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Semantic password for enhanced security / authentication to systems. Disclosure Number: IPCOM000242008D
Publication Date: 2015-Jun-14
Document File: 4 page(s) / 154K

Publishing Venue

The Prior Art Database


A system and method for enhanced security / authentication utilizing a semantic password is disclosed.

This text was extracted from a PDF file.
This is the abbreviated version, containing approximately 29% of the total text.

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Semantic password for enhanced security / authentication to systems.

Disclosed is a system and method for enhanced security / authentication utilizing a semantic password.

When a user logs into a phone or utilizing a system to access, the user is potentially exposing their access information, such as, pin, password, gesture, etc to anyone who may have intentions to steal this information. This may be via looking at the device as data is input, thru remote surveillance, a virus, an input device tracker/monitor, and etc. Exposure scenarios include a user utilizing an Automated bank Teller Machine (ATM), using a mobile phone at a crowded place, or even using a computer at home the user's home. While trying to access the remote system, device or cloud application, the user may not be completely aware of who is looking (if it is crowded), who is attempting to

steal the information. Stealing information could potentially take many forms, for example, a card reader installed on top of ATM, a video camera, a screen reader, and a keyboard logger. Even at home, malicious software (malware) may be installed on the user's system, that can capture inputs and send the gathered information to someone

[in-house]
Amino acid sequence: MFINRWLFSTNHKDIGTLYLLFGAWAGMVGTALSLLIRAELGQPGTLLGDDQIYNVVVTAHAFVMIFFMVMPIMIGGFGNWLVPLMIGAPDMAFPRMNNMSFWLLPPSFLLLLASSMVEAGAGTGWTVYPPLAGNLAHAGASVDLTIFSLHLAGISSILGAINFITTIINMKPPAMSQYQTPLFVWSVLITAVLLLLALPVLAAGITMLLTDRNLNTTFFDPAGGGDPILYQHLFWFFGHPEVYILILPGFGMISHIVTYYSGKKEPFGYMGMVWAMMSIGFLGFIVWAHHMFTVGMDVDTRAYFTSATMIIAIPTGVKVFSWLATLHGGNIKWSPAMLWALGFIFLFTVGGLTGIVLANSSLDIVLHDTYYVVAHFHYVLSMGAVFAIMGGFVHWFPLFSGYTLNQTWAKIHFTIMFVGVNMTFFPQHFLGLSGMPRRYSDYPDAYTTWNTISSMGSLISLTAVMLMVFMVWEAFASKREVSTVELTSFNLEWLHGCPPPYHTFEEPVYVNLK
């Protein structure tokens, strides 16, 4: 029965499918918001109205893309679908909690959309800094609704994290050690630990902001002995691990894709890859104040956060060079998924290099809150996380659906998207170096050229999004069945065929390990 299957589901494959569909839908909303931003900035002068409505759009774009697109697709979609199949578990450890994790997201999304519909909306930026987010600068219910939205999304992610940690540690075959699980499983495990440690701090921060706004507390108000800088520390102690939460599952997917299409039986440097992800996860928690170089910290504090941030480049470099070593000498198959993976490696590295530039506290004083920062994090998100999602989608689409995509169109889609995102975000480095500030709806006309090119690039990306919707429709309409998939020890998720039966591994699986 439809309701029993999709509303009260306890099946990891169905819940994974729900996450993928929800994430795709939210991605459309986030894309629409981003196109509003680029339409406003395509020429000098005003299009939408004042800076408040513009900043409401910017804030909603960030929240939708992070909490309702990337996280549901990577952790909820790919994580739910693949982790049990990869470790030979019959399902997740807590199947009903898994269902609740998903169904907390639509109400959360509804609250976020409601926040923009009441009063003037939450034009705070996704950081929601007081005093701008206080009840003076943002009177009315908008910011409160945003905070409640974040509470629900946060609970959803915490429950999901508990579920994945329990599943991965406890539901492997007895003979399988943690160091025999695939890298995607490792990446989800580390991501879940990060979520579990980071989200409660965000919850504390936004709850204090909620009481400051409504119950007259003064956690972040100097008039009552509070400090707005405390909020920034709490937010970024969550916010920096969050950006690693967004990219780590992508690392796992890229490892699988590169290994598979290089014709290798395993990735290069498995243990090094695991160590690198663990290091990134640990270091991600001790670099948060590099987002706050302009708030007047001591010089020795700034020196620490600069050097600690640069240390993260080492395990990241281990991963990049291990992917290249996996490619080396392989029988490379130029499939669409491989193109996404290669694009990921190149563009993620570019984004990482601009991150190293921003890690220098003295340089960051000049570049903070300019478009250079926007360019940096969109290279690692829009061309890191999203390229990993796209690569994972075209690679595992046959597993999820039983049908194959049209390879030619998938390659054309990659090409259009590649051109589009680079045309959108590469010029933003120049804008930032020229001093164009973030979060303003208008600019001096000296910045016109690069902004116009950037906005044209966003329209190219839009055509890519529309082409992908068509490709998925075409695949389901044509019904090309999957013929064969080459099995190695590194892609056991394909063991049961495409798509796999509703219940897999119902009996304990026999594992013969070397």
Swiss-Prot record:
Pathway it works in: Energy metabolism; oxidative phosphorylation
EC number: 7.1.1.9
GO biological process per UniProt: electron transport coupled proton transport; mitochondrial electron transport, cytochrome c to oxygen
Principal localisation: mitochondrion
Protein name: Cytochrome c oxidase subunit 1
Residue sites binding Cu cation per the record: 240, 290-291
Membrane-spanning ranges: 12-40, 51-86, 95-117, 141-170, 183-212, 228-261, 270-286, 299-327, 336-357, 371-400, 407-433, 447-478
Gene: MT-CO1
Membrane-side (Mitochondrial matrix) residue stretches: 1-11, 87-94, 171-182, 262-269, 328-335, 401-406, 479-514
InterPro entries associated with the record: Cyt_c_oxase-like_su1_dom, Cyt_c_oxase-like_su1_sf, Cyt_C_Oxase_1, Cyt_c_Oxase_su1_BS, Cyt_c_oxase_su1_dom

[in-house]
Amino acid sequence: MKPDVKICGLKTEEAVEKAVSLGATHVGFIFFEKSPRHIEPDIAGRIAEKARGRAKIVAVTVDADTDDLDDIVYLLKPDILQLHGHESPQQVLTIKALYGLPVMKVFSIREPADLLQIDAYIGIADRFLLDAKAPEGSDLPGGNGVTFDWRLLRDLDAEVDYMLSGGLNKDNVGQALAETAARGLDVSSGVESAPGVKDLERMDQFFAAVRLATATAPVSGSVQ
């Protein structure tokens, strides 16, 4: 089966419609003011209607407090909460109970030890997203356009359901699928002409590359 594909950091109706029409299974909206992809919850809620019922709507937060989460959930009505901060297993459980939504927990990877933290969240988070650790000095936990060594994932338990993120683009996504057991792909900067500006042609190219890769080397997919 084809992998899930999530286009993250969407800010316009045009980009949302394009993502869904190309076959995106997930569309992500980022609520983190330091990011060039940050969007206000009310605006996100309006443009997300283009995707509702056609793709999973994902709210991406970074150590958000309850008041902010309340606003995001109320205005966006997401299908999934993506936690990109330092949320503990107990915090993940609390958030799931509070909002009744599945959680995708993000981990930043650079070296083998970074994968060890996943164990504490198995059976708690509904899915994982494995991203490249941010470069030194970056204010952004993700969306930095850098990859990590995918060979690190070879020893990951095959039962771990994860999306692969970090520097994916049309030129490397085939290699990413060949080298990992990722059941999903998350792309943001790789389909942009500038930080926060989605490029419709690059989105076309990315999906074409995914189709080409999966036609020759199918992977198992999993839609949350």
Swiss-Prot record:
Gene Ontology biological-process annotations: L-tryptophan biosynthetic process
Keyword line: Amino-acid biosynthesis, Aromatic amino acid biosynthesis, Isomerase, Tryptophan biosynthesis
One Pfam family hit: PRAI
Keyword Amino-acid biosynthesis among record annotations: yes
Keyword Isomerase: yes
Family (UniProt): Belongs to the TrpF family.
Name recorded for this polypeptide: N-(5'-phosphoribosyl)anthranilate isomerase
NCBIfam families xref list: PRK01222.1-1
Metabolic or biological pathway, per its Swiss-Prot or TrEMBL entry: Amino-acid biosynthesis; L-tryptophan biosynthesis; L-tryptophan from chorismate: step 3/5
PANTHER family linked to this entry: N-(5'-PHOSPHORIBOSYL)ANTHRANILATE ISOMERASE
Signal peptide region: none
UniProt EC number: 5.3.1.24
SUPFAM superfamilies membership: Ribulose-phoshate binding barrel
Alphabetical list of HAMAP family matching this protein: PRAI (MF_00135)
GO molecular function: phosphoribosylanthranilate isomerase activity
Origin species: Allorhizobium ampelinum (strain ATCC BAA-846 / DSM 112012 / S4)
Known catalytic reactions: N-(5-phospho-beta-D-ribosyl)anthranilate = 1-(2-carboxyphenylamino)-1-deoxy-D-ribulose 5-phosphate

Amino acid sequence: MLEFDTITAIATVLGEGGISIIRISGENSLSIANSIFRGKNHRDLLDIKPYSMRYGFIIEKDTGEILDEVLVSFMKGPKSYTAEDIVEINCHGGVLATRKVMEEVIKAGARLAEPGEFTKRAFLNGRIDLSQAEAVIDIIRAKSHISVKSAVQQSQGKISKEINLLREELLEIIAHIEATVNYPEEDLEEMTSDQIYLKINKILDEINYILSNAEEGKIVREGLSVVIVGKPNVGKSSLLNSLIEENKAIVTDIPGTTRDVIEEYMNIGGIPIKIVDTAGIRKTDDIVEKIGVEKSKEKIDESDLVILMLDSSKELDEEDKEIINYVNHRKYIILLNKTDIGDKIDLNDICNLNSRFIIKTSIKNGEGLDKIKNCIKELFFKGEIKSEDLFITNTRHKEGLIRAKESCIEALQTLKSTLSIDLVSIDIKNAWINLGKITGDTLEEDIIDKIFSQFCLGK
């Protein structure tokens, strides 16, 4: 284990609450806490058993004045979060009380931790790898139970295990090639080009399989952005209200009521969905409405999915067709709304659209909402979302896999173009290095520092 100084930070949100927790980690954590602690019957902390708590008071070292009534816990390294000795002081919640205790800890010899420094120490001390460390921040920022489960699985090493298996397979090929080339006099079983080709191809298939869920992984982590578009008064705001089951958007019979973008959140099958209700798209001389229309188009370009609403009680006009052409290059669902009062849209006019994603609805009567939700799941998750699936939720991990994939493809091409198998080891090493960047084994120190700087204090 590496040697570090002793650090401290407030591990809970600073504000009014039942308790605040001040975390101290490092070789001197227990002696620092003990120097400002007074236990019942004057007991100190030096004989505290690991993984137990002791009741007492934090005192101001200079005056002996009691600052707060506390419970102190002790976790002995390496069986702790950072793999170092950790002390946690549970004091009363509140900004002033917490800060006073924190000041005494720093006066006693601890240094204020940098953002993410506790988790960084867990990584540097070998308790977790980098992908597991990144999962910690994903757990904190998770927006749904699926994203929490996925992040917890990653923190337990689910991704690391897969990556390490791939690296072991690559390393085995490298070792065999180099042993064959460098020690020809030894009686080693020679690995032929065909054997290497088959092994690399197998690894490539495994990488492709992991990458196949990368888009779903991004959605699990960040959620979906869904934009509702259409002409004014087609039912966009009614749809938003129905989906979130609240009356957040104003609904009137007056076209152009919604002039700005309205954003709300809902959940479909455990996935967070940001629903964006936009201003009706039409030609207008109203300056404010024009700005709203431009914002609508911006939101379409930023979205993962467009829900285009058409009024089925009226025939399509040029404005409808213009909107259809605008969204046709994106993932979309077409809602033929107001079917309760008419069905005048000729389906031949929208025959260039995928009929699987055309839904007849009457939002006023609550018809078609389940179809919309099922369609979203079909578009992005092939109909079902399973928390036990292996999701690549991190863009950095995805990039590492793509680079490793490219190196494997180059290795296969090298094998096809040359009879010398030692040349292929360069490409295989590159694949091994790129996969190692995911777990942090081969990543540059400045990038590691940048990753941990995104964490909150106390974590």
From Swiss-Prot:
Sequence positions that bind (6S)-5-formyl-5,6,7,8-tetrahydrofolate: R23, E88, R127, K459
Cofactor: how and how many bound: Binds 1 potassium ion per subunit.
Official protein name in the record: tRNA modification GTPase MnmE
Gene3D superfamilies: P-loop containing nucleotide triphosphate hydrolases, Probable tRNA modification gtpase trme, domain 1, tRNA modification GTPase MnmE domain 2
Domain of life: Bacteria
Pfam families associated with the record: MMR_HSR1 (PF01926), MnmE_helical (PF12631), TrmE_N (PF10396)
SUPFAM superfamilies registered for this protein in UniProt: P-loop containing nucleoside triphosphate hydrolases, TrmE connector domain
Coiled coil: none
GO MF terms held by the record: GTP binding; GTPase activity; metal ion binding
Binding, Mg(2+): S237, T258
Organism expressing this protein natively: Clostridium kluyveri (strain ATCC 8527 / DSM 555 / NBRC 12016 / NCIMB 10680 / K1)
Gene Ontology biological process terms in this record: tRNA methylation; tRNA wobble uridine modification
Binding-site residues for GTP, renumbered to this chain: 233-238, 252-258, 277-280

with ill intent. In any case - there are many ways a user's password can be exposed to anyone with intention to steal. Because it is static, the access to the system can be easily compromised. To ensure a secure log-on, some banks have provided their users a device (or application) such that, in addition to the static password the user has pre-selected, this device randomly generates a string of characters (a token) that is appended to their password, which keeps the password somewhat random. This is a type of mutli-factor authentication. This is a good approach, but there are definitely issues with loosing / misplacing this device by the user.

This article discloses an approach that avoids usage of a "static" password and improves on existing mutli-factor authentication, by leveraging the user's own personal information to randomize potential answers for a user to select,. This makes the authentication process more dynamic to an on-looker or anyone trying to steal this information. That is, even if someone is looking at authentication information and captured exactly what has been provided, onlooker will not be able to use the same information to authenticate to the system next time. This methodology provides a more secure way to gain access to systems, or personal devices.

The following are high level steps that may be implemented by an embodiment of the disclosed system and method:

When a user accesses a locked system requiring authentication, the user may first


need to provide a piece of information that identifies the user to this system, akin to a username or account profile. This may not be necessary if this is a device that the user owns, such as laptop, or phone. In general, the system needs to be aware that a specific user is accessing...